We’ve made it through our first three weeks of Don Quixote and at this point, halfway through the first part of the novel, it is clear that there are many ways to read Cervantes’ classic. One fact that I want to bring up before diving into everyone’s thoughts, this novel was originally published in 1612, that is over four hundred years ago. Everyone here at CHB is reading Edith Grossman’s 2013 English translation of the novel and there is much to be said about her abilities as a translator and just how readable her translation is to a modern audience. But as John says, “There is a lot to unpack regarding perception, identity, reality, perspective, relationships, shared experience and so much more.” Due to its age and stature the novel does ask a bit more of its readers than typical of general fiction and Katherine admits “Don Quixote is very daunting now that I’m actually reading it. It is so far outside of my usual read that I’m struggling to get into the story. I do appreciate the comedic relief, but nonetheless it’s rough going for me.” I have enjoyed Grossman’s minimal footnotes that guide the reader but never feel intrusive or as though the text is something to be wrestled with, but for Matthieu they were not quite enough he is “tapping out on Don Quixote.” He says that “despite it being an important landmark in Western literature, Don Quixote did not shape up to be the reading experience I'd hoped for.” But acknowledges, like Katherine, the “wit, charm, and humor” present in the novel. John has “always been intrigued by everything he’d heard about Don Quixote but because of the book’s size and stature always assumed it would take a great deal of focus and concentration to get through.” He admits he “couldn't have been more wrong! Don Quixote is hilarious and extremely accessible!” For the modern reader, this novel in its fourth centenary speaks broadly to the truths of the human condition. Between the universal themes and the effortless language of the translated text, our shared reading has led to a great deal of discussion and debate.
One of the major themes that kicked off debate quickly was that of perception and delusion. Fiction has a way of being truer than true; it gets to the core of the meaning of things without the burden of facts, which can always be spun. Cervantes even acknowledges this within the novel praising the ‘joyful entertainment’ offered by the novel and saying, “the stories and episodes that appear in it and are, in some ways, no less agreeable and artful and true than the history itself.” While noting that she has “been captured by the concepts of perception and delusion from the very start” Peggy argues that “Don Quixote vividly depicts how men can delude themselves and interweave their idealistic motives of patriotism with their own ambition for personal fame and glory.” Quoting Cervantes she says “after all, ‘it seemed reasonable and necessary to him, both for the sake of his honor and as a service to the nation’ that he undertake what he is driven to do. He can right all wrongs while attaining everlasting glory,” and arguing that these “words could be seconded by so many nationalistic and despotic crusaders.” John counters saying “I can definitely see how using a misinformed worldview can be a tool of manipulation, but I think the honor bound delusions and attitude of Quixote go beyond that. Quixote's delusions are rooted in an ideal that was never something felt in a collective sense but was rather held in high esteem as fable and allegory. I see the possibility for despotic behavior, but think we have to hope for better with Quixote as we follow his journey.”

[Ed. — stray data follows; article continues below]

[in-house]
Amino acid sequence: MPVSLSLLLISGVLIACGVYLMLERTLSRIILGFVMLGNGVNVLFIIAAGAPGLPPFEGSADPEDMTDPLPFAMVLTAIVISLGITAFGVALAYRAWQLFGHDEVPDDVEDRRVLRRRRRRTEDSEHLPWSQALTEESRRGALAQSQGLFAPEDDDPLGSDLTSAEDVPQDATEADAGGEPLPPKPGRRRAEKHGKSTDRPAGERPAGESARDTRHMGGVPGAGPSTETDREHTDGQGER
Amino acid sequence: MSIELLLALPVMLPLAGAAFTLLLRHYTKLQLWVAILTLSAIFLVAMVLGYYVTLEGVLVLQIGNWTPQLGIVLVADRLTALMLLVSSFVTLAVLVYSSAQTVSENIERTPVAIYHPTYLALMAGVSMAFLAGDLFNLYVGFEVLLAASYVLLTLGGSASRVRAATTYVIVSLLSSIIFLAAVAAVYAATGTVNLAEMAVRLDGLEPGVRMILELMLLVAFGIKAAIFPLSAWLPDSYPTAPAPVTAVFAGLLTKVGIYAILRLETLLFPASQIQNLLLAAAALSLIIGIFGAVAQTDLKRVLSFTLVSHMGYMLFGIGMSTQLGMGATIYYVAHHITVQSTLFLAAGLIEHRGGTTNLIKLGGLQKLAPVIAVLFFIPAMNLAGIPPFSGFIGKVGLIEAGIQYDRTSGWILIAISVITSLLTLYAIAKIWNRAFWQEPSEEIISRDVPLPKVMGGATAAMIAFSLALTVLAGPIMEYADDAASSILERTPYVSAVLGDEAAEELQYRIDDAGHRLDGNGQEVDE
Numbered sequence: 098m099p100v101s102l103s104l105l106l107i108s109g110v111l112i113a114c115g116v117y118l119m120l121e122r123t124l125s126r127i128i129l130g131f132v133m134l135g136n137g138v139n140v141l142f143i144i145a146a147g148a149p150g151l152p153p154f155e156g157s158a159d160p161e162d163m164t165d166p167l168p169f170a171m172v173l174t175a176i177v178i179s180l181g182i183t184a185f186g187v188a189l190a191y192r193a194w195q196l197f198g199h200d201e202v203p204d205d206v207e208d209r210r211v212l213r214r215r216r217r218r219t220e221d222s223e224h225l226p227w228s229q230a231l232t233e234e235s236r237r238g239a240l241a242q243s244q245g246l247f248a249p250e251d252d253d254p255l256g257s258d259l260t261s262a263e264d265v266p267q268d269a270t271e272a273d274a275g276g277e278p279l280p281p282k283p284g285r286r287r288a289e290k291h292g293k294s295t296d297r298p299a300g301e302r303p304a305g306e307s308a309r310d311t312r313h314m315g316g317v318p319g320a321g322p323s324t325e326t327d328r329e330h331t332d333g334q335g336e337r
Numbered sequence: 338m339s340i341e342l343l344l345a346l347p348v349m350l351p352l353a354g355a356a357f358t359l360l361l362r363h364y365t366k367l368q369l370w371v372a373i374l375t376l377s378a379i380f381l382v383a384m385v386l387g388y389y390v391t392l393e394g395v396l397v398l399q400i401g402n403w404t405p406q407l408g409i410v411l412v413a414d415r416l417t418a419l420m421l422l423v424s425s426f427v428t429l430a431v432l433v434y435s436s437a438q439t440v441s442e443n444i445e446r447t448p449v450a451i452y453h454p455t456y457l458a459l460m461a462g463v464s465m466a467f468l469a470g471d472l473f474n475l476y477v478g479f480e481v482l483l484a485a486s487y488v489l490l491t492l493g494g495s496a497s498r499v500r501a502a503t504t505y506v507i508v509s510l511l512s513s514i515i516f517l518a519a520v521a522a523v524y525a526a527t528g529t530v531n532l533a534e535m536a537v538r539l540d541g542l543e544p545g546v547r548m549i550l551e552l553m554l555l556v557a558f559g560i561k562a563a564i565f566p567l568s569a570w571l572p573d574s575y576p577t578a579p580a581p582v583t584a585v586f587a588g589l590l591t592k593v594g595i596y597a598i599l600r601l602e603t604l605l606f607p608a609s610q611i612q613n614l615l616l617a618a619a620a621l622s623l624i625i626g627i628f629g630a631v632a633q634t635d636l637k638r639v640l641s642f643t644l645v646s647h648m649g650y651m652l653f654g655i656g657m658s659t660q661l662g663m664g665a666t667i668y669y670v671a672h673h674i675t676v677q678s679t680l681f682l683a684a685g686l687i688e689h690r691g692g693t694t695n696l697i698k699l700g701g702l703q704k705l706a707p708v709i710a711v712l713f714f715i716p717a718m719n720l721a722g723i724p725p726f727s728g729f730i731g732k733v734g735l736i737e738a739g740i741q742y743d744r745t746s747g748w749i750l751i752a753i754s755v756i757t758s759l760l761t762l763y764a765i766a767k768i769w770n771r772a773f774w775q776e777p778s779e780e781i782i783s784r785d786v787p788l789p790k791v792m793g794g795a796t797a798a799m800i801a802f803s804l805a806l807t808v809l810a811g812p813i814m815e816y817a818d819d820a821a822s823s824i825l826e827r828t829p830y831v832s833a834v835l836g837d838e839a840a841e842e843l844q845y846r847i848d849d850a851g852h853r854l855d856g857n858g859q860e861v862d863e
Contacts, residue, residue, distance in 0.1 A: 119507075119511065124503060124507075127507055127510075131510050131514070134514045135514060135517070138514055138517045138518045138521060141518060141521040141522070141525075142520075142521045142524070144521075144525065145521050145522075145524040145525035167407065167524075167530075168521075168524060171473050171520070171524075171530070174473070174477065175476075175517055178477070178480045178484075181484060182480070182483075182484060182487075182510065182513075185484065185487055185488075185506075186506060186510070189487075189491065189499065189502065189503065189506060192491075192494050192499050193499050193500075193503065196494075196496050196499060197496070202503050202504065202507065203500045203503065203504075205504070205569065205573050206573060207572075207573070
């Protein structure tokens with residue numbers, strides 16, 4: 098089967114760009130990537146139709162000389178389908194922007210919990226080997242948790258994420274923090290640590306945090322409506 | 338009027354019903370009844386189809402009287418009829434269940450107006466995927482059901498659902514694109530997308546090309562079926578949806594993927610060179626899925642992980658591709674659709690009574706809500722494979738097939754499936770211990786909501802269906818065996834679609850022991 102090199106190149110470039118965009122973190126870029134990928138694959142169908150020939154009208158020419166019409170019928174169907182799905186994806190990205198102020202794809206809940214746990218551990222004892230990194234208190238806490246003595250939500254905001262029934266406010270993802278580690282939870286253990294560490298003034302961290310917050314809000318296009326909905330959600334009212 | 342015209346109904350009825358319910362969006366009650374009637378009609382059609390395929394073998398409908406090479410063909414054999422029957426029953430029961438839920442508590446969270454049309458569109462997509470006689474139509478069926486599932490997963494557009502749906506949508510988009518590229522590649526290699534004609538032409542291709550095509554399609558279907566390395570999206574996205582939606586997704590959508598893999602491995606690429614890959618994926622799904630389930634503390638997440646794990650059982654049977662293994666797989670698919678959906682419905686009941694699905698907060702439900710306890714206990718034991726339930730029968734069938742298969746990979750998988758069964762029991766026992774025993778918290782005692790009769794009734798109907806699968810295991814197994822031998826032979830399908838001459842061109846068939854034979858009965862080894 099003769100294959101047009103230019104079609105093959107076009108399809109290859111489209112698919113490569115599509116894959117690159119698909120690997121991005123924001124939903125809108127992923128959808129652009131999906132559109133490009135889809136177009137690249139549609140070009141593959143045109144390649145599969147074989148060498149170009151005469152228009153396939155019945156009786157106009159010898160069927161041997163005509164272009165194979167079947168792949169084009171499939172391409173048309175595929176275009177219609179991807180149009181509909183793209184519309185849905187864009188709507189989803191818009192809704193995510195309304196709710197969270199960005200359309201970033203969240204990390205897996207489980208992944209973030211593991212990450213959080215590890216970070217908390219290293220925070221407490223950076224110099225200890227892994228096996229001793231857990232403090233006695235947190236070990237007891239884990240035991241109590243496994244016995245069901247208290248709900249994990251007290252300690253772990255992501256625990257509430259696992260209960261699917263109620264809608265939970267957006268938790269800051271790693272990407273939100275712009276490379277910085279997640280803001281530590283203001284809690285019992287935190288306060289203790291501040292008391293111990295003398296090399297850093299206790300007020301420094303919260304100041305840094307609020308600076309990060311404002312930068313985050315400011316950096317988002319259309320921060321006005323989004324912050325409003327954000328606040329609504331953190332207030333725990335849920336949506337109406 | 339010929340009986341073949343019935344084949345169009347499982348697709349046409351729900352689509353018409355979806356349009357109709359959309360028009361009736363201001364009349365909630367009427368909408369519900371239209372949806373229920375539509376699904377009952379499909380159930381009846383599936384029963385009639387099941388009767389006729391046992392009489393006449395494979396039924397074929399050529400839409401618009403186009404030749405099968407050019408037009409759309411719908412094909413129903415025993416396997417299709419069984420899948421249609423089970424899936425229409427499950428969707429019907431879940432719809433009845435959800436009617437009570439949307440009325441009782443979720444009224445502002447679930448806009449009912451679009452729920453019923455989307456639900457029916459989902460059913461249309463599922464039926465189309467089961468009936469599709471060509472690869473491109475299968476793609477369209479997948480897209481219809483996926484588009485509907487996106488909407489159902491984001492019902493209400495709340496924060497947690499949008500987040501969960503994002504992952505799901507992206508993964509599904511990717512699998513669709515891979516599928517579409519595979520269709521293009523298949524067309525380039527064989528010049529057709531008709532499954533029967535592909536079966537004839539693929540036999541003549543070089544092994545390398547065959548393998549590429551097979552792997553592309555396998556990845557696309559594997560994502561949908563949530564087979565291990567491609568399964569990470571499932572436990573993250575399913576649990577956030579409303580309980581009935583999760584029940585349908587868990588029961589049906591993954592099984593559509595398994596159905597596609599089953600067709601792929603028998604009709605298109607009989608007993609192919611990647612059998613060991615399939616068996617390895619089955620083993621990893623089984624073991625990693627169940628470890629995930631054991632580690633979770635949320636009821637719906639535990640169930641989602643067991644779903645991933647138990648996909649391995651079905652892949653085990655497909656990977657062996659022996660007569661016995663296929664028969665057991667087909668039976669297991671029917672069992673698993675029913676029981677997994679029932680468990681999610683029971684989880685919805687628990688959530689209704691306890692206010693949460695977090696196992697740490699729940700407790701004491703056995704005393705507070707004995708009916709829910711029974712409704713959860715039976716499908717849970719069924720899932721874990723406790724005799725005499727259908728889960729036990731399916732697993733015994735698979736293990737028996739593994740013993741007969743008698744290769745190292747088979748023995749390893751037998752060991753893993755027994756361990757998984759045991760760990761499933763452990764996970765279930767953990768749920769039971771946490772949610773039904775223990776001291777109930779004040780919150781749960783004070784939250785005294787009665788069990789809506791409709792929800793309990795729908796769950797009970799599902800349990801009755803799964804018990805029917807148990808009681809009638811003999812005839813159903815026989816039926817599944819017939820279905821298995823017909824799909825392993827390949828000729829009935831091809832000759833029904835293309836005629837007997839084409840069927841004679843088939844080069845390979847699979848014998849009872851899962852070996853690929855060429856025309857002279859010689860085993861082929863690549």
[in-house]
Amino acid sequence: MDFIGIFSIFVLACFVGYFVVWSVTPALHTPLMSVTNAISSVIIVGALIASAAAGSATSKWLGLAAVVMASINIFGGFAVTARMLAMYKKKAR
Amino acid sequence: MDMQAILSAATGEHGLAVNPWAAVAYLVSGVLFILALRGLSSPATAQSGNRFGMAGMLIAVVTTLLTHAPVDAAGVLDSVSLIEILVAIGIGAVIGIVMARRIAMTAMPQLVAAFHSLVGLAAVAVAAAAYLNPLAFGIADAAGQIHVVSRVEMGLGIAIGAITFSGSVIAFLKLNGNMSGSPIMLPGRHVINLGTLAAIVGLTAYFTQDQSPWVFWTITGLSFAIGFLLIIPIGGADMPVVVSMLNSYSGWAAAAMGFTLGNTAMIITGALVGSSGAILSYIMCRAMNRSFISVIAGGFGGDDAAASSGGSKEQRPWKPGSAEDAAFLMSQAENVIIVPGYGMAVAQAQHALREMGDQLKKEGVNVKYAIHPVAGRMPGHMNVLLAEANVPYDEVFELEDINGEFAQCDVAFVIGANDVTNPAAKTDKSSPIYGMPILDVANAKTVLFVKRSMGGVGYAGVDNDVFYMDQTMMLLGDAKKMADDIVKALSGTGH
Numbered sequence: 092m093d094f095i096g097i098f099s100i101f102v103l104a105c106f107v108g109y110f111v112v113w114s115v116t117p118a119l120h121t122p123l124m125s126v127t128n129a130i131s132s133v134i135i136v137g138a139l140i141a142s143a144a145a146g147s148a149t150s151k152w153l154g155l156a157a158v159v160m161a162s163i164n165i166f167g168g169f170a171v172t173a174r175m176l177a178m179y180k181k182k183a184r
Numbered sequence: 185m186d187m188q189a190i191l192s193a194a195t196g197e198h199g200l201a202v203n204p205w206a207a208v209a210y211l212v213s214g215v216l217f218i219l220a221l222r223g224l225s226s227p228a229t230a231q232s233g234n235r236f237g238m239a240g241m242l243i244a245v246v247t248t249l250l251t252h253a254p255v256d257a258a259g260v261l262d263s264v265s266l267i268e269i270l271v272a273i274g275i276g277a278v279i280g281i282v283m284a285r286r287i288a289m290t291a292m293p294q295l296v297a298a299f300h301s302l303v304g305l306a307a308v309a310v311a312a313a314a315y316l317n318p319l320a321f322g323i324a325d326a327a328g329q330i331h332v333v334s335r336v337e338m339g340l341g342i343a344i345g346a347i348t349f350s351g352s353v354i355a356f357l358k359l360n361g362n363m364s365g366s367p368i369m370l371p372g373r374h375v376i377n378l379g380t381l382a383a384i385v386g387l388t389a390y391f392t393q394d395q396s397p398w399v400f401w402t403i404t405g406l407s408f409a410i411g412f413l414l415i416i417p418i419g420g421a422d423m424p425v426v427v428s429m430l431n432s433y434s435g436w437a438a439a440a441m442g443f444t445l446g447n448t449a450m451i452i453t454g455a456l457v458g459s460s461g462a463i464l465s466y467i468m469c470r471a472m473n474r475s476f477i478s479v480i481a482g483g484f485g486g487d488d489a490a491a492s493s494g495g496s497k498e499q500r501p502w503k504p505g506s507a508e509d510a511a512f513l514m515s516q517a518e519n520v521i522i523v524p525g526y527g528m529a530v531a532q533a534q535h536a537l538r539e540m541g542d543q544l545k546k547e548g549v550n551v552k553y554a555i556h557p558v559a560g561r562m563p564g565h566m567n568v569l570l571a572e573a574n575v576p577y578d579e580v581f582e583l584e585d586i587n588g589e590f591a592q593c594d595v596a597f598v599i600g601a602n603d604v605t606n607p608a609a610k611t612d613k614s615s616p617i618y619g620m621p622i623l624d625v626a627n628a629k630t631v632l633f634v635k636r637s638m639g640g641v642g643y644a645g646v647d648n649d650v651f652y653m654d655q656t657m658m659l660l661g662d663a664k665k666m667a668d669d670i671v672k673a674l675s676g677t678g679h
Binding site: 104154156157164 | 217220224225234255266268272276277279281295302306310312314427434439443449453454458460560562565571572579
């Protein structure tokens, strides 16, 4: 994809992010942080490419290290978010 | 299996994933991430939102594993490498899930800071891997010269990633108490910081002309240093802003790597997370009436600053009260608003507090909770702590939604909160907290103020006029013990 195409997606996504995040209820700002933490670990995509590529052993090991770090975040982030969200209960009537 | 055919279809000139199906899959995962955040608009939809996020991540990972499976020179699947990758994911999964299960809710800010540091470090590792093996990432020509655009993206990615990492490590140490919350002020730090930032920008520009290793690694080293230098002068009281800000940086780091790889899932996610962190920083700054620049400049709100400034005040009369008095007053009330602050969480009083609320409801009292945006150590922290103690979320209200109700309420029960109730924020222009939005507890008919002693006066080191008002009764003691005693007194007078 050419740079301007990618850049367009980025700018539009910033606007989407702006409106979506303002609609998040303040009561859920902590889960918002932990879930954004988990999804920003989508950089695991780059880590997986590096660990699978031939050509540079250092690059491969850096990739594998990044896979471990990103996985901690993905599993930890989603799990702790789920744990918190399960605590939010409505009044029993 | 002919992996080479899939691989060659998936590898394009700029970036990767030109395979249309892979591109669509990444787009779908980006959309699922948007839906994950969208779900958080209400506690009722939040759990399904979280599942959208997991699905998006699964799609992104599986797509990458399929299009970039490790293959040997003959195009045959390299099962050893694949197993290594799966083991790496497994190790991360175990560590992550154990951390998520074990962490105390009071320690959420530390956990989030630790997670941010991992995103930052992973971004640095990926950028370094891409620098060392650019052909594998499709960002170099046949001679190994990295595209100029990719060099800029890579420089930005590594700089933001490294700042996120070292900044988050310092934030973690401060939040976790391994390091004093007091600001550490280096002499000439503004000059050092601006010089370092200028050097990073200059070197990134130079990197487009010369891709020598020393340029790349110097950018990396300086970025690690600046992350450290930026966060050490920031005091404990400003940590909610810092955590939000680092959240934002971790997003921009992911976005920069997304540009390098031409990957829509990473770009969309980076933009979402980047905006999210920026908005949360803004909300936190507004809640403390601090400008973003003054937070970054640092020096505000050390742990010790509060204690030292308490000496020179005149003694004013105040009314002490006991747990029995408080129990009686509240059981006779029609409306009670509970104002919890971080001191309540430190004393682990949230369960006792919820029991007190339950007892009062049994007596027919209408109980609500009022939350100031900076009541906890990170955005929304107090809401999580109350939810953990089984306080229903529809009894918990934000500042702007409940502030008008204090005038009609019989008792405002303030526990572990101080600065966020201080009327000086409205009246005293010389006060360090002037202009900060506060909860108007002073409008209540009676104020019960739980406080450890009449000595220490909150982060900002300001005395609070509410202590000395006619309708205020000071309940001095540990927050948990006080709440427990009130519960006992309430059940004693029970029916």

Sophie here brings up Sancho Panza mentioning the dangers inherent in his blind faith in Quixote. She notes their differences in education citing the disparity between Quixote and Sancho saying, “It’s funny that even while Quixote is so self-deluded, he's actually quite intelligent. It's obvious he's well-educated, not only in the stories of knights, but in other things in the world. Such as in the scene with the goat-herds, Quixote corrects Pedro several times when the shepherd misuses words. ‘Old as my mouth sores’ instead of ‘old as Methuselah’ was hilarious. I laughed for about five minutes over that.” Sancho seems to take scenes such as this, which prove Quixote’s obvious intelligence and education, as such a credit to the man that, as Sophie says, “instead of taking a hint from the many people who argue that Don Quixote is no knight, Sancho remains totally ignorant and trusts in Don Quixote’s unwavering confidence in himself as a knight errant despite how many people try to tell him he is no such thing. And that happens to be one of my favorite things about Quixote as well.”